2nd Sunday of Lent, March 8, 2020
– John 3:1-17
– The Reverend Dr. Arnold Isidore Thomas –
Many of you know that my spiritual journey began very early when even as an elementary school child I questioned my dad, a very conservative Baptist minister, about the meaning of scripture passages. And this inquiry became more probing and extensive as I grew older to the point where I think dad breathed a sigh of relief when I finally went off to college to burden others with these questions.
Yet amid such spiritual curiosity lingered the assumption that something was wrong with me for not only questioning the meaning of scripture but the tenets of faith for, in a conservative religious environment, questioning of this sort meant that I wasn’t right with God and that there were elements of doubt that needed to be purged from my being if I were to truly be a born-again believer.
Even now I cringe at the expression of the term “born-again,” reminded of evening Campus Crusade Bible Study sessions where people were asked to raise or clap their hands if they were saved and lines were drawn between the redeemed and doomed of God. Even now I cringe at the reminder of an evening meeting with a born-again student who informed me she could no longer be my friend for fear she would join me in hell if she continued to associate with me.
So, the evening encounter between Jesus and Nicodemus mentioned in John’s gospel conjures up memories of other evening encounters about faith I would prefer to forget, but cannot. And because I cannot, you can be assured that any question or inquiry or doubt about your faith in this church will be seriously heard, considered and appreciated without thought of divine judgment or condemnation. For faith is more than certainty. It is a power that compels you to venture into the uncertain and unknown wilderness of your soul, confident that a force of goodness is guiding you.
Now you may be uncertain what to call or how to identify this force. The popular Star Wars saga simply calls it the Force. But it is that mysterious, unseen, yet very real presence that inspires you beyond normative conventions, beyond customs and expectations to ask the questions How and Why, especially when you’re not supposed to. Jesus called this force the Spirit of God.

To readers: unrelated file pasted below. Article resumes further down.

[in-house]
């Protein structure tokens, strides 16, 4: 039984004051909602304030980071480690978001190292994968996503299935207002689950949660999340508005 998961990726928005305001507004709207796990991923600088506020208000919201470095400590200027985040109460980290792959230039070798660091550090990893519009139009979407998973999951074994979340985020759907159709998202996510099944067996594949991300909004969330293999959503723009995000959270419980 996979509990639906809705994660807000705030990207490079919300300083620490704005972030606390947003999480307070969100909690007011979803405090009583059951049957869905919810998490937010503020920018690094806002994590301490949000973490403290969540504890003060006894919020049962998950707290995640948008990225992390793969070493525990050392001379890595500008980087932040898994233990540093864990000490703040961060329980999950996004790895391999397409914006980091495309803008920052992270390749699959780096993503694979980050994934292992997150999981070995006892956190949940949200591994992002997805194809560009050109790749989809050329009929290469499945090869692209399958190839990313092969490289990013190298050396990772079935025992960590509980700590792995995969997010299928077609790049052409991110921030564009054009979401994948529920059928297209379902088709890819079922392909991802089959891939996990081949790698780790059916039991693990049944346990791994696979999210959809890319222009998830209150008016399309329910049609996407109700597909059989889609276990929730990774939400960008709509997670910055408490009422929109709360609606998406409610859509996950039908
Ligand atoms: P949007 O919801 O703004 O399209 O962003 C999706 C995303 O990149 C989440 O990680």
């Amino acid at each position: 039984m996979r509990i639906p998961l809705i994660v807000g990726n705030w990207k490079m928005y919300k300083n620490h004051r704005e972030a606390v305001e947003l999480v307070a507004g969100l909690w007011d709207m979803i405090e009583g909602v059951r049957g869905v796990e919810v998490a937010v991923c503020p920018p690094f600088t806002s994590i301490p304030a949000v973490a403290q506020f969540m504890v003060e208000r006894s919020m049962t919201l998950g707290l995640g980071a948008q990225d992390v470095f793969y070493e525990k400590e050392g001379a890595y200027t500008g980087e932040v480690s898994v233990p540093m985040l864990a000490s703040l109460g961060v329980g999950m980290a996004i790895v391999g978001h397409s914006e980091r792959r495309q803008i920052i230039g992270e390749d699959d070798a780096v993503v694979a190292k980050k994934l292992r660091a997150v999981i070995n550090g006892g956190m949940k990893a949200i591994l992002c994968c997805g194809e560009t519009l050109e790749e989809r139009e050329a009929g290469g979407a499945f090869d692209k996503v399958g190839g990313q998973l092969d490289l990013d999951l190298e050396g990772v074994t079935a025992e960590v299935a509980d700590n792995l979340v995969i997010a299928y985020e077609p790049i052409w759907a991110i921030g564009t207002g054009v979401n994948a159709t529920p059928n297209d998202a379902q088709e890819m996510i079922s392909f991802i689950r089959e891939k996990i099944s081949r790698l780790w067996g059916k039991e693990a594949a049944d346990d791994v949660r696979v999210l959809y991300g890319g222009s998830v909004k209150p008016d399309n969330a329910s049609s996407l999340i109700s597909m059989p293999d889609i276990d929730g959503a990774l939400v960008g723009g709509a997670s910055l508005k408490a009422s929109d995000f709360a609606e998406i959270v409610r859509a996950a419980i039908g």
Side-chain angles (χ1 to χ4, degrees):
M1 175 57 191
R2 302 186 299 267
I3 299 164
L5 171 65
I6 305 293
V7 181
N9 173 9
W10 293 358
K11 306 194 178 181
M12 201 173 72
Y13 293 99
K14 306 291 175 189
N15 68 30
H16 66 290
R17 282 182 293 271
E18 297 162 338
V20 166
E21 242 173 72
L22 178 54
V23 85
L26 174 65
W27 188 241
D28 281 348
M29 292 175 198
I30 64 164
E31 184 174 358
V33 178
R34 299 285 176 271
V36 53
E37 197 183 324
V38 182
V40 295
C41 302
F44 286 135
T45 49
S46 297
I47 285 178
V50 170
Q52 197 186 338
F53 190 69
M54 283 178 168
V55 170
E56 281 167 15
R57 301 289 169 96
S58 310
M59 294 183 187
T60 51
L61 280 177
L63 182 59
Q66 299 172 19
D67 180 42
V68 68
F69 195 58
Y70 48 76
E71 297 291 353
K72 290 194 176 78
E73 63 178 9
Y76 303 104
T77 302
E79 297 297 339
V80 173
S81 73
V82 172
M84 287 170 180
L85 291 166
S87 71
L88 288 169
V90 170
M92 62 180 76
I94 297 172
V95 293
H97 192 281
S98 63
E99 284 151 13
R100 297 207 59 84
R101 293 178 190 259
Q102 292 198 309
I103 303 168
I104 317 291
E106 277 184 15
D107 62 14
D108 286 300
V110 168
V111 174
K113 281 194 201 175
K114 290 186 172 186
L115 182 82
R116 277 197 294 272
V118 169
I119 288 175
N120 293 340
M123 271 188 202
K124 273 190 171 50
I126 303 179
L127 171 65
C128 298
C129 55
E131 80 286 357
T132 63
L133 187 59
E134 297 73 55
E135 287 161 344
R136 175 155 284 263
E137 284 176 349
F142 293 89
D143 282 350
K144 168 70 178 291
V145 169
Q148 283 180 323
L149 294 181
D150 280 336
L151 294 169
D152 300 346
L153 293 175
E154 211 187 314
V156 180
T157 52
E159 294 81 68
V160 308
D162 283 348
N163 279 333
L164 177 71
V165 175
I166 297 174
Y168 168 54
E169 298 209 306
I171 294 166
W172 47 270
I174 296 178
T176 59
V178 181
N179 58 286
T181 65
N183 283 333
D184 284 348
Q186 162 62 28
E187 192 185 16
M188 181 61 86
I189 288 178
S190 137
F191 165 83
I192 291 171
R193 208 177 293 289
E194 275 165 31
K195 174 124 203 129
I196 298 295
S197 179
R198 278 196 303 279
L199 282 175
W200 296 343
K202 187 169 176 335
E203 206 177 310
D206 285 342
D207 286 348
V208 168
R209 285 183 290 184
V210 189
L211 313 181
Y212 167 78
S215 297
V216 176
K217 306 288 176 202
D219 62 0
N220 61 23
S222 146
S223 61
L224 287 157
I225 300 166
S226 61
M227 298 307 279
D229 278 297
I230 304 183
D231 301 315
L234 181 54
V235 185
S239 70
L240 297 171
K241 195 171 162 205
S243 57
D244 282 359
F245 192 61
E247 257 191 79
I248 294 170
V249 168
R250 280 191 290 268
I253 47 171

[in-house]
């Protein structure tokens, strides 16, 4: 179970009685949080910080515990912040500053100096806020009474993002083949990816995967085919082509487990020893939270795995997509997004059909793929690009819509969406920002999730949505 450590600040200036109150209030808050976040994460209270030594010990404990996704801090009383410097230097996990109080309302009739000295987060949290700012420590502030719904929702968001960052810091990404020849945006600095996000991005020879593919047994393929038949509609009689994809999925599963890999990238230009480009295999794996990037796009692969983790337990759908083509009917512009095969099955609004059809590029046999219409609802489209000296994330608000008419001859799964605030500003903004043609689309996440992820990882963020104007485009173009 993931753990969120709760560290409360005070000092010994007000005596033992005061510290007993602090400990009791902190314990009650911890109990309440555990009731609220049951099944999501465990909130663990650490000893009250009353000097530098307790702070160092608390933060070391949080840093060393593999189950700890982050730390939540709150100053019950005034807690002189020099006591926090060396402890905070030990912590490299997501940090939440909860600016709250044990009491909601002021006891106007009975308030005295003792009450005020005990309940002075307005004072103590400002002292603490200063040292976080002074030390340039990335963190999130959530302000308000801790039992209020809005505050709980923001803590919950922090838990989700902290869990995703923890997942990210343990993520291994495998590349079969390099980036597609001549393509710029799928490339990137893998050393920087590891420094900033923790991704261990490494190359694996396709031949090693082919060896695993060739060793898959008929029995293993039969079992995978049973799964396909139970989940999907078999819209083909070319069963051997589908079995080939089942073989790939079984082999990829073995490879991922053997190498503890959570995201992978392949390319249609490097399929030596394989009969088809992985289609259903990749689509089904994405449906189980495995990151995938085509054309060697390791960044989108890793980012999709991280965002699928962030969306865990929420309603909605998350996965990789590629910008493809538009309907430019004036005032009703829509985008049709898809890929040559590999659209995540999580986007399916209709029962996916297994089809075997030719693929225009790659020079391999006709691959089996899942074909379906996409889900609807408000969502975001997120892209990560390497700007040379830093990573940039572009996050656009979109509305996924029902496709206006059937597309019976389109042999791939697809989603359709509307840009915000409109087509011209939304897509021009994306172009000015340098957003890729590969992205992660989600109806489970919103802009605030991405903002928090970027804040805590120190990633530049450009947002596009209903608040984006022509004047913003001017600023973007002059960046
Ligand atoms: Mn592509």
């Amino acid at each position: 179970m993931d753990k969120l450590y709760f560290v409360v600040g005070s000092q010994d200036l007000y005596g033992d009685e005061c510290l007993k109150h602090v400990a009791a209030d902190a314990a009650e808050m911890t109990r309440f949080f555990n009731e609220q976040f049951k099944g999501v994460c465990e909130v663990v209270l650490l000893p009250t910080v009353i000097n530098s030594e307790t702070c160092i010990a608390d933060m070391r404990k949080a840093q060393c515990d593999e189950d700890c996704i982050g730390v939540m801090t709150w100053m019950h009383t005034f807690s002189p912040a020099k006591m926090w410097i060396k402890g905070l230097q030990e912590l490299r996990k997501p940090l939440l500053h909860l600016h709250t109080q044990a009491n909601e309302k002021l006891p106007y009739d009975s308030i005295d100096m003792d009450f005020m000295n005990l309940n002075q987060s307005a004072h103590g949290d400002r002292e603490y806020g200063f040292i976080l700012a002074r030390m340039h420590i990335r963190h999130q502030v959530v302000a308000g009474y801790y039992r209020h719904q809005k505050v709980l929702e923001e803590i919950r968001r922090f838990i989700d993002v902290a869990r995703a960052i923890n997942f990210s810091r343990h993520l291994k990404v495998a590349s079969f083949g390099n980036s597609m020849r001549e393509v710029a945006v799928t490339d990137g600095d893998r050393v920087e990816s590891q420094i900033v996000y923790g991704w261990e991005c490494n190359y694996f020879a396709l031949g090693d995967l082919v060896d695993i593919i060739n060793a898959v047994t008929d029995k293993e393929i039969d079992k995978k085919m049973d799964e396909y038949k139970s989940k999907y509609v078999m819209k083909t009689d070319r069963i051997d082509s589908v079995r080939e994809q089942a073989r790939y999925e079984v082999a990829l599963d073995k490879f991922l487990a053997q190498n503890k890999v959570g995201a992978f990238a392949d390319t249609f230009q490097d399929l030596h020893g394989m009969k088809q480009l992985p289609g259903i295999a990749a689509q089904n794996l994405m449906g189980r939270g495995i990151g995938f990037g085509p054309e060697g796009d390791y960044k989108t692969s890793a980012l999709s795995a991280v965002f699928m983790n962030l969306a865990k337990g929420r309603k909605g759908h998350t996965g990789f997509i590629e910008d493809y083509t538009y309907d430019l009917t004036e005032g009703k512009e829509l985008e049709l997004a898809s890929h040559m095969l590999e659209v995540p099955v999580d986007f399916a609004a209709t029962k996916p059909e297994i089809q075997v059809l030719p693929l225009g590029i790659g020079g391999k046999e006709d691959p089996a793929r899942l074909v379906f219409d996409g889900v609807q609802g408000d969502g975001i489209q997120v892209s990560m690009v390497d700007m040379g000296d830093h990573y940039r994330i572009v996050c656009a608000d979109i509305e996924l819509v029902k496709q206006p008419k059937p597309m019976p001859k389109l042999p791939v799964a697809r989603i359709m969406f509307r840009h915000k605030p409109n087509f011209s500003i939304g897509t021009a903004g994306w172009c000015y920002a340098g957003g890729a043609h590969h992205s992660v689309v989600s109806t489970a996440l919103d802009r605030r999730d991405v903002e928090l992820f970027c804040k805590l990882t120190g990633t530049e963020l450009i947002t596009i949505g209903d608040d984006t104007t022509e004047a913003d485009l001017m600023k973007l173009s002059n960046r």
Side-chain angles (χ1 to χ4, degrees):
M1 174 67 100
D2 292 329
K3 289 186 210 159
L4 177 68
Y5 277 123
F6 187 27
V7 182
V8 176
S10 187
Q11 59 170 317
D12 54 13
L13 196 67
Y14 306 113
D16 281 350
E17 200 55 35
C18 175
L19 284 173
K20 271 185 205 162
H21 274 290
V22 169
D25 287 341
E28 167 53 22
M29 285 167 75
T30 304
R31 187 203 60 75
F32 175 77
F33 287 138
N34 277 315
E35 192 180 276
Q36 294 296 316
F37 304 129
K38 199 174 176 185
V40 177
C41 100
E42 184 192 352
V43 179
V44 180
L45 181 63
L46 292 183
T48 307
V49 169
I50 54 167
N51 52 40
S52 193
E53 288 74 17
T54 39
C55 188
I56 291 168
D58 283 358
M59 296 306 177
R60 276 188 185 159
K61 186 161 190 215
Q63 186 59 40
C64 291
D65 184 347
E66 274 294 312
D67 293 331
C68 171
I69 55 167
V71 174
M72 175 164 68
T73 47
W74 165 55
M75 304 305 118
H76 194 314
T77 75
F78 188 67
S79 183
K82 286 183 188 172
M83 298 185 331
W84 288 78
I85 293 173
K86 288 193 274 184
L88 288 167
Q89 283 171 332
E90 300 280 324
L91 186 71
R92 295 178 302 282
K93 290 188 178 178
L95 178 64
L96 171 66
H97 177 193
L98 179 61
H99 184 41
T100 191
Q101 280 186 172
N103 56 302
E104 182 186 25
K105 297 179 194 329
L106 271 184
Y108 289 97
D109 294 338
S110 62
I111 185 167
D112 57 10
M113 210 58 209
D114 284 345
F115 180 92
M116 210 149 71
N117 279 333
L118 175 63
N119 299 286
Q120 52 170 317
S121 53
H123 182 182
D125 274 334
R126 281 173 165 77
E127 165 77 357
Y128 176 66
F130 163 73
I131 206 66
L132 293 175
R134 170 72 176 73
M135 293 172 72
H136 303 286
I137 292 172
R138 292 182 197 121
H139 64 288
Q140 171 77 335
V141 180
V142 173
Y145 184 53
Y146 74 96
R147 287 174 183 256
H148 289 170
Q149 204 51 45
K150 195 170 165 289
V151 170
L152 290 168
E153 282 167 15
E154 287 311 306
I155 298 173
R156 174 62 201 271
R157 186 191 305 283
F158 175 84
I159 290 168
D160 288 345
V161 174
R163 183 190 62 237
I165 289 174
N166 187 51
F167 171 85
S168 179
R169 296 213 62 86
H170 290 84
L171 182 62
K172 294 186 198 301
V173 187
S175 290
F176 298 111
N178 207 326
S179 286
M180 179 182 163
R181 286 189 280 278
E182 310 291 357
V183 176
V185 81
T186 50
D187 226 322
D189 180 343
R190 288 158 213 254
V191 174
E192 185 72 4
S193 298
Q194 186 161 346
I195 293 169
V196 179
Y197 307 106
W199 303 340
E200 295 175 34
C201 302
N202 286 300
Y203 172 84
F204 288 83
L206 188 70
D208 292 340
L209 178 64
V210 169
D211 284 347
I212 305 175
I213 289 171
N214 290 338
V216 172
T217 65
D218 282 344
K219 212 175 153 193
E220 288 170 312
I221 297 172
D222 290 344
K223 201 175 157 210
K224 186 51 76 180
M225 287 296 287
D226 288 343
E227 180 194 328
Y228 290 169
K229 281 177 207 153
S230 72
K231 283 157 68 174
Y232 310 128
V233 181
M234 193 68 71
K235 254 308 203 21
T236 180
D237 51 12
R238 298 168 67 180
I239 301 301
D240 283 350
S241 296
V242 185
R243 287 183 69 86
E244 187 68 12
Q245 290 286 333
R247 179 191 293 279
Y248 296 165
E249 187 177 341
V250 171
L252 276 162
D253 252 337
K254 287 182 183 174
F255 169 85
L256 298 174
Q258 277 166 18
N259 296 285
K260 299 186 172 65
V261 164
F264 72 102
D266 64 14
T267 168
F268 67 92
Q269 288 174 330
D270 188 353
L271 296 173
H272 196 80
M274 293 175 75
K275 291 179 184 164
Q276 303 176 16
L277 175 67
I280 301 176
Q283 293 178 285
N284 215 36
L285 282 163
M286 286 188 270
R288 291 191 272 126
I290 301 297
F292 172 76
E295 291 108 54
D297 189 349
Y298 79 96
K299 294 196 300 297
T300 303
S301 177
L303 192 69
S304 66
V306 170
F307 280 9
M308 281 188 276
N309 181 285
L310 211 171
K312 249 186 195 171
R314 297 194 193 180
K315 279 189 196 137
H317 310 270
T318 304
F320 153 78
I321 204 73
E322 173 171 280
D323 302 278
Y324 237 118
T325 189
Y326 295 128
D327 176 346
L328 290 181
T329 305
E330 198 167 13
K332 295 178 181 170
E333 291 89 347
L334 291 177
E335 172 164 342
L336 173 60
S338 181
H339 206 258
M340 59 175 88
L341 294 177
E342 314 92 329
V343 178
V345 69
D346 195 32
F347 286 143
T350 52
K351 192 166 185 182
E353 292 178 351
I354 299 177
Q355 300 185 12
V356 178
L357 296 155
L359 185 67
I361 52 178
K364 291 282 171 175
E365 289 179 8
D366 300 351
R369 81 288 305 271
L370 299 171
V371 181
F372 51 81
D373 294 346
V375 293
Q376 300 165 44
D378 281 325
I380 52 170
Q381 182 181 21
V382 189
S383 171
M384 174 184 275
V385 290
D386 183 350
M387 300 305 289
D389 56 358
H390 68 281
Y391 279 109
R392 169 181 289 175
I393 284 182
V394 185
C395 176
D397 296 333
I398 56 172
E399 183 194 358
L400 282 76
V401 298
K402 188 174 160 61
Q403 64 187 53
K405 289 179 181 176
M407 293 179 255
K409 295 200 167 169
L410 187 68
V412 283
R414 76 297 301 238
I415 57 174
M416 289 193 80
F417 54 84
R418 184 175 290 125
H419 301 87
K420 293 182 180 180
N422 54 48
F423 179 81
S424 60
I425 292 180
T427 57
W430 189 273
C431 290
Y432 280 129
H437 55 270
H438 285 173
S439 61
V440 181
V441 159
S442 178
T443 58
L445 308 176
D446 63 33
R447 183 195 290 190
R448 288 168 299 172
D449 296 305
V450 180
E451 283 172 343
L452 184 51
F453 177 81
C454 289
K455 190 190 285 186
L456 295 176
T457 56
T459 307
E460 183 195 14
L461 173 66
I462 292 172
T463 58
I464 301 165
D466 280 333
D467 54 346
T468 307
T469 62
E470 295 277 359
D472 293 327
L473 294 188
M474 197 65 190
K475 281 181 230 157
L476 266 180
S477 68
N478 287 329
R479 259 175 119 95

Now the word Spirit, (pronounced Ruah or Ruach in Hebrew) also means Breath or Wind. And Jesus likens the Spirit of God to wind that “blows where it chooses;” you know it’s with you, but you don’t know “from where it comes or where it goes.” (John 3:8) In other words, you relinquish control and allow the Spirit to guide you where it chooses. It led Jesus into the wilderness to be tempted by Satan. And it led Nicodemus, a Pharisee steeped in Jewish law and tradition, to come to Jesus under the cloak of night and beyond the sight of public scrutiny, to question Jesus, an individual whose words and deeds confounded the customs, norms and conventions of belief in which he once felt secure.
It’s interesting to note that as we dealt with the matter of becoming a welcoming church without regard to sexual orientation or gender identity, and as we now deal with the matter of who should receive the Sacrament of Communion, the question arose and continually rises: “Are we watering down our faith?”
But water is a cleansing, purifying agent symbolically associated with the renewing, born-again experience of life in the Holy Spirit. And some will point to Jesus’ statement that “no one can enter the realm of God without being born of water and Spirit,” as proof that one must be baptized before receiving Communion. And others will argue to the contrary by pointing to biblical references where Jesus revived those without baptismal waters. Either way, we want our traditions and customs from which we seek stability to exercise control over the radically uncontrollable, destabilizing force of the Holy Spirit, only to ultimately confront the fact that being born again means relinquishing control to a Spirit that blows where it chooses.
The very last act of grace Jesus performed before dying on the cross was promising the criminal who hung next to him that he would be with him in paradise. The Spirit of God embodied in Jesus Christ makes no sense, because it is a wind that blows not where we want it to go, but where it chooses.
Nicodemus would eventually submit to its force and become a born-again follower of Christ. It is the same all-embracing Spirit and divine love that calls the church in every age to rise beyond customs, conventions and expectations; to be born from above and carried by a sacred wind to new heights of awareness of what it means to be a child of God. May we be so uplifted and carried away in that wind-swept current of new life. Amen.